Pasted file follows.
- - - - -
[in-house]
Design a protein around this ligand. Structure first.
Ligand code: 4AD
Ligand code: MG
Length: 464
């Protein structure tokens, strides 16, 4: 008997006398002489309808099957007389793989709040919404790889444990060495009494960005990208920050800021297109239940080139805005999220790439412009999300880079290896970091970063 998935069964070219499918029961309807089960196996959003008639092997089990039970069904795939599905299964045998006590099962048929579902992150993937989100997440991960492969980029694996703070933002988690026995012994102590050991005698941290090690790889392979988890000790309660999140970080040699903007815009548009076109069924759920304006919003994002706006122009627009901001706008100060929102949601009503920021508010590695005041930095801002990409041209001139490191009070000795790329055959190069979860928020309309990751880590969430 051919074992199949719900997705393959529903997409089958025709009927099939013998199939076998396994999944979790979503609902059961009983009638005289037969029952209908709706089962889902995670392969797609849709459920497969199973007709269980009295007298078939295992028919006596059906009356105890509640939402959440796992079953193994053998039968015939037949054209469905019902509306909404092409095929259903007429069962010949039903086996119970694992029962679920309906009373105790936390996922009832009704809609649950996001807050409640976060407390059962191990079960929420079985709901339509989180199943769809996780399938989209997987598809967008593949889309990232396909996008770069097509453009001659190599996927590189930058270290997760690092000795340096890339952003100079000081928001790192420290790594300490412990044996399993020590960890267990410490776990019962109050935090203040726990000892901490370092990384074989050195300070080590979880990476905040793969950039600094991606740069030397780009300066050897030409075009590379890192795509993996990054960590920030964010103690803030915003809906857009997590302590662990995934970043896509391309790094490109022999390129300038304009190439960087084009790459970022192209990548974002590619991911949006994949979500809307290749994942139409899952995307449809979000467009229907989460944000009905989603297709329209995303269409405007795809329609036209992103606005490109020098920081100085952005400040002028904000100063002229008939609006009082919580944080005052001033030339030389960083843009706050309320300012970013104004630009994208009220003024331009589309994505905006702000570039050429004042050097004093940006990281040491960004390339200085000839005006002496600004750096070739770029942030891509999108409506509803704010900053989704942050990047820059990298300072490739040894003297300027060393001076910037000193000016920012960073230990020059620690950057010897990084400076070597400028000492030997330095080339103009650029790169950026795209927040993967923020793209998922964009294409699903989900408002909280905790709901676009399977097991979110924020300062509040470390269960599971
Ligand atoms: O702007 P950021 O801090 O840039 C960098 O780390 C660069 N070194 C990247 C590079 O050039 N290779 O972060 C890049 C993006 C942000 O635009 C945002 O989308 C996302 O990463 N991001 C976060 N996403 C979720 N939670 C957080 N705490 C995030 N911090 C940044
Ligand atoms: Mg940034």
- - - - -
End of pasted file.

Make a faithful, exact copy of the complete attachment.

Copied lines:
[in-house]
Design a protein around this ligand. Structure first.
Ligand code: 4AD
Ligand code: MG
Length: 464
């Protein structure tokens, strides 16, 4: 008997006398002489309808099957007389793989709040919404790889444990060495009494960005990208920050800021297109239940080139805005999220790439412009999300880079290896970091970063 998935069964070219499918029961309807089960196996959003008639092997089990039970069904795939599905299964045998006590099962048929579902992150993937989100997440991960492969980029694996703070933002988690026995012994102590050991005698941290090690790889392979988890000790309660999140970080040699903007815009548009076109069924759920304006919003994002706006122009627009901001706008100060929102949601009503920021508010590695005041930095801002990409041209001139490191009070000795790329055959190069979860928020309309990751880590969430 051919074992199949719900997705393959529903997409089958025709009927099939013998199939076998396994999944979790979503609902059961009983009638005289037969029952209908709706089962889902995670392969797609849709459920497969199973007709269980009295007298078939295992028919006596059906009356105890509640939402959440796992079953193994053998039968015939037949054209469905019902509306909404092409095929259903007429069962010949039903086996119970694992029962679920309906009373105790936390996922009832009704809609649950996001807050409640976060407390059962191990079960929420079985709901339509989180199943769809996780399938989209997987598809967008593949889309990232396909996008770069097509453009001659190599996927590189930058270290997760690092000795340096890339952003100079000081928001790192420290790594300490412990044996399993020590960890267990410490776990019962109050935090203040726990000892901490370092990384074989050195300070080590979880990476905040793969950039600094991606740069030397780009300066050897030409075009590379890192795509993996990054960590920030964010103690803030915003809906857009997590302590662990995934970043896509391309790094490109022999390129300038304009190439960087084009790459970022192209990548974002590619991911949006994949979500809307290749994942139409899952995307449809979000467009229907989460944000009905989603297709329209995303269409405007795809329609036209992103606005490109020098920081100085952005400040002028904000100063002229008939609006009082919580944080005052001033030339030389960083843009706050309320300012970013104004630009994208009220003024331009589309994505905006702000570039050429004042050097004093940006990281040491960004390339200085000839005006002496600004750096070739770029942030891509999108409506509803704010900053989704942050990047820059990298300072490739040894003297300027060393001076910037000193000016920012960073230990020059620690950057010897990084400076070597400028000492030997330095080339103009650029790169950026795209927040993967923020793209998922964009294409699903989900408002909280905790709901676009399977097991979110924020300062509040470390269960599971
Ligand atoms: O702007 P950021 O801090 O840039 C960098 O780390 C660069 N070194 C990247 C590079 O050039 N290779 O972060 C890049 C993006 C942000 O635009 C945002 O989308 C996302 O990463 N991001 C976060 N996403 C979720 N939670 C957080 N705490 C995030 N911090 C940044
Ligand atoms: Mg940034």